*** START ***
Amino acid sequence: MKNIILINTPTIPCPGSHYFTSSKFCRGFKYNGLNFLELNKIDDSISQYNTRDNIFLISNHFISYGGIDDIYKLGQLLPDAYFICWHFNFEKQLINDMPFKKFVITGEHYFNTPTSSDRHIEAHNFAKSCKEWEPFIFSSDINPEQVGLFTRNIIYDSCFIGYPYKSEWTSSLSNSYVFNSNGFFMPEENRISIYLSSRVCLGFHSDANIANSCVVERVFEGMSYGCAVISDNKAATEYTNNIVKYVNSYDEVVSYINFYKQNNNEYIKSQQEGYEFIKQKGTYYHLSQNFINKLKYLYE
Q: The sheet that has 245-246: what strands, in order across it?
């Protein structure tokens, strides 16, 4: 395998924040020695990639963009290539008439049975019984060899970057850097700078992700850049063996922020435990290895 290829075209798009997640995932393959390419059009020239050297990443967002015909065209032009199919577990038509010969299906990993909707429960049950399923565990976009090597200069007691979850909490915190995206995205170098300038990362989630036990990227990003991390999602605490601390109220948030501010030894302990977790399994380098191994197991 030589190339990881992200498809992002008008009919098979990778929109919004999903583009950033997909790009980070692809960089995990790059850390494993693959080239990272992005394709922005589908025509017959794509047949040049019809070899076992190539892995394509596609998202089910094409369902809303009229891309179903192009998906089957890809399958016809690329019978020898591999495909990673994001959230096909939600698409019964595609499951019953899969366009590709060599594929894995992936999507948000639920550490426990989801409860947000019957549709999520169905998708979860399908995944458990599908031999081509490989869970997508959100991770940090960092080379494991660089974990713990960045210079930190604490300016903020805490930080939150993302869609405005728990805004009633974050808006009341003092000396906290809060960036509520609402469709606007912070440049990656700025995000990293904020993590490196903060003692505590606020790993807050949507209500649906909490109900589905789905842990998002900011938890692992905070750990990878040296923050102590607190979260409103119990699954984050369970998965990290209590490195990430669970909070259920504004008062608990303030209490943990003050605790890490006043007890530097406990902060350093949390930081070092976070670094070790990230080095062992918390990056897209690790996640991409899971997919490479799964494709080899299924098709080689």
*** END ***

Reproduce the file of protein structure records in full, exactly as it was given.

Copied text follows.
Amino acid sequence: MKNIILINTPTIPCPGSHYFTSSKFCRGFKYNGLNFLELNKIDDSISQYNTRDNIFLISNHFISYGGIDDIYKLGQLLPDAYFICWHFNFEKQLINDMPFKKFVITGEHYFNTPTSSDRHIEAHNFAKSCKEWEPFIFSSDINPEQVGLFTRNIIYDSCFIGYPYKSEWTSSLSNSYVFNSNGFFMPEENRISIYLSSRVCLGFHSDANIANSCVVERVFEGMSYGCAVISDNKAATEYTNNIVKYVNSYDEVVSYINFYKQNNNEYIKSQQEGYEFIKQKGTYYHLSQNFINKLKYLYE
Q: The sheet that has 245-246: what strands, in order across it?
């Protein structure tokens, strides 16, 4: 395998924040020695990639963009290539008439049975019984060899970057850097700078992700850049063996922020435990290895 290829075209798009997640995932393959390419059009020239050297990443967002015909065209032009199919577990038509010969299906990993909707429960049950399923565990976009090597200069007691979850909490915190995206995205170098300038990362989630036990990227990003991390999602605490601390109220948030501010030894302990977790399994380098191994197991 030589190339990881992200498809992002008008009919098979990778929109919004999903583009950033997909790009980070692809960089995990790059850390494993693959080239990272992005394709922005589908025509017959794509047949040049019809070899076992190539892995394509596609998202089910094409369902809303009229891309179903192009998906089957890809399958016809690329019978020898591999495909990673994001959230096909939600698409019964595609499951019953899969366009590709060599594929894995992936999507948000639920550490426990989801409860947000019957549709999520169905998708979860399908995944458990599908031999081509490989869970997508959100991770940090960092080379494991660089974990713990960045210079930190604490300016903020805490930080939150993302869609405005728990805004009633974050808006009341003092000396906290809060960036509520609402469709606007912070440049990656700025995000990293904020993590490196903060003692505590606020790993807050949507209500649906909490109900589905789905842990998002900011938890692992905070750990990878040296923050102590607190979260409103119990699954984050369970998965990290209590490195990430669970909070259920504004008062608990303030209490943990003050605790890490006043007890530097406990902060350093949390930081070092976070670094070790990230080095062992918390990056897209690790996640991409899971997919490479799964494709080899299924098709080689």